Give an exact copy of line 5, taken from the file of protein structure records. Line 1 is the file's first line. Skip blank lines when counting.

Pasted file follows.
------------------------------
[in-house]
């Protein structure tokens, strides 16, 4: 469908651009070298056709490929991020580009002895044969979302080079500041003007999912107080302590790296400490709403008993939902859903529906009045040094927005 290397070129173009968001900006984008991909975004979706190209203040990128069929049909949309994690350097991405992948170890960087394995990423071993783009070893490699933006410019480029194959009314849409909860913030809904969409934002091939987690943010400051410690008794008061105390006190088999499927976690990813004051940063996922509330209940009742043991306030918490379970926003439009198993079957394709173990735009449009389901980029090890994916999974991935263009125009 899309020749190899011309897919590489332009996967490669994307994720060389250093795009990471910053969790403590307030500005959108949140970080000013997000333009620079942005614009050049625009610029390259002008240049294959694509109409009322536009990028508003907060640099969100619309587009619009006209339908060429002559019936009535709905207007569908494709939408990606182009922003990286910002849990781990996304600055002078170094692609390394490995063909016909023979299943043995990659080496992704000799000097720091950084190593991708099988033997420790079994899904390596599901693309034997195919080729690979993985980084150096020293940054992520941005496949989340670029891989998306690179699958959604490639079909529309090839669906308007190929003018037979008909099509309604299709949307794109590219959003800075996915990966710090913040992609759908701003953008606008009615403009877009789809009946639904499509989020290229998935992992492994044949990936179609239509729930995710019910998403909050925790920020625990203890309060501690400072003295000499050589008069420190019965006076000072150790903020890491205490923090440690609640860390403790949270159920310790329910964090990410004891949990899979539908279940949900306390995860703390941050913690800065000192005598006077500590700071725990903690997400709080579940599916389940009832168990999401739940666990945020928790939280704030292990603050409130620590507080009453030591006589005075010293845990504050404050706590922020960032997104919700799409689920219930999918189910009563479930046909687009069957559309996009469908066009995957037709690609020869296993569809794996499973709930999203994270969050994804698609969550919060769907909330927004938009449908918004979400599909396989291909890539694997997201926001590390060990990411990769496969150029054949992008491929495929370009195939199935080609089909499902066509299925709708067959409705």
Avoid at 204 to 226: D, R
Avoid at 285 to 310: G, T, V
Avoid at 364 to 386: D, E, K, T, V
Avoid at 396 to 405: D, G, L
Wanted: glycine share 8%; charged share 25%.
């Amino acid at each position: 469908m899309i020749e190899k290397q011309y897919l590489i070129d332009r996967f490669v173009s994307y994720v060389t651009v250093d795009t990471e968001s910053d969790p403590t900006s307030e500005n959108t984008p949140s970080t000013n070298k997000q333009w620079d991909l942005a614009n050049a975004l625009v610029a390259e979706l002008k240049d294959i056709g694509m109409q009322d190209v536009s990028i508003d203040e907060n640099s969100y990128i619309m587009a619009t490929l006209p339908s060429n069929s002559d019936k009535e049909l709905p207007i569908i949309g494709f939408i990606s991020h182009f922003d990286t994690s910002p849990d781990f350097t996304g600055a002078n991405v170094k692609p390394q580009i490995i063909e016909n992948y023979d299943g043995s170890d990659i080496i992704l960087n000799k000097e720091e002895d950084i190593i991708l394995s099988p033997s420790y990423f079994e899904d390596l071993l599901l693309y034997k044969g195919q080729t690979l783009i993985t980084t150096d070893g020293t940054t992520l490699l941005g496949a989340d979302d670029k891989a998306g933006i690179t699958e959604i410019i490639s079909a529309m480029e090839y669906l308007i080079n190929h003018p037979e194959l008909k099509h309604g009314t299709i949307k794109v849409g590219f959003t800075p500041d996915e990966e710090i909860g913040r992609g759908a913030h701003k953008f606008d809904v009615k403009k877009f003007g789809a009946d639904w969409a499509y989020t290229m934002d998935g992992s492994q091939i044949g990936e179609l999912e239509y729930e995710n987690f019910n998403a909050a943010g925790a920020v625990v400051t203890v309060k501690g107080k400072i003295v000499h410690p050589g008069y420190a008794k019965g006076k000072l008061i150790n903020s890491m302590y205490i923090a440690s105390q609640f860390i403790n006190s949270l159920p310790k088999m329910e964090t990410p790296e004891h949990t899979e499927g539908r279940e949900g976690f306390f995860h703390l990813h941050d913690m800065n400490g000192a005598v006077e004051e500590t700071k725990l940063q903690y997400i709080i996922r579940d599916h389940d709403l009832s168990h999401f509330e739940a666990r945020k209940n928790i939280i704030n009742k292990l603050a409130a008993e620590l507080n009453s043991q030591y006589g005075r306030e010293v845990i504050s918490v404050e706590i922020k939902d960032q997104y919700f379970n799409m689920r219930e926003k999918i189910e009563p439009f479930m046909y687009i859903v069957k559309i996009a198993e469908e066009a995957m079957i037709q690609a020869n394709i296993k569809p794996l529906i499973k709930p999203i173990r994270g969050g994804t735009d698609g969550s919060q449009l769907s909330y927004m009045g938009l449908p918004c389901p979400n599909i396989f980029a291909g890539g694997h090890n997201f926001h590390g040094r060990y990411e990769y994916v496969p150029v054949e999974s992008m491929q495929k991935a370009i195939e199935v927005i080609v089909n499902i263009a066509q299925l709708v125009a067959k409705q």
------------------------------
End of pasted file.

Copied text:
Avoid at 364 to 386: D, E, K, T, V